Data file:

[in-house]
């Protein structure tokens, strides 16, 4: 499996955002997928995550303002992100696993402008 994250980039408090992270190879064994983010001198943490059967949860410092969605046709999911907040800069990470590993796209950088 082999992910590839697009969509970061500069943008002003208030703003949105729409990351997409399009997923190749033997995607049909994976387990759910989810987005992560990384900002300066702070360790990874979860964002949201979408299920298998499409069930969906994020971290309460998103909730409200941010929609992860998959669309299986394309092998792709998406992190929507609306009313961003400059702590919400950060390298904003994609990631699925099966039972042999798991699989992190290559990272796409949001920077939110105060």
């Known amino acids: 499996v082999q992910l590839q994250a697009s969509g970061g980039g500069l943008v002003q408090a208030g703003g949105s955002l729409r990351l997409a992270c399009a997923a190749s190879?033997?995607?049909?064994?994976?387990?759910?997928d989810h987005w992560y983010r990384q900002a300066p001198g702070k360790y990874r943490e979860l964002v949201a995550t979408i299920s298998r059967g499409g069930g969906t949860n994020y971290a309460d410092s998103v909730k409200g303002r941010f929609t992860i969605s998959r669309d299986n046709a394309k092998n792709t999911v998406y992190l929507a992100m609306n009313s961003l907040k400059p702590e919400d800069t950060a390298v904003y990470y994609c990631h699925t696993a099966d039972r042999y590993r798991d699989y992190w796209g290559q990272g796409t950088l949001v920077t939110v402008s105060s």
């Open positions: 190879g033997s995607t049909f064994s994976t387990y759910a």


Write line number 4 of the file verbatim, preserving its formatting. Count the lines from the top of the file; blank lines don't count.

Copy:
């Open positions: 190879g033997s995607t049909f064994s994976t387990y759910a």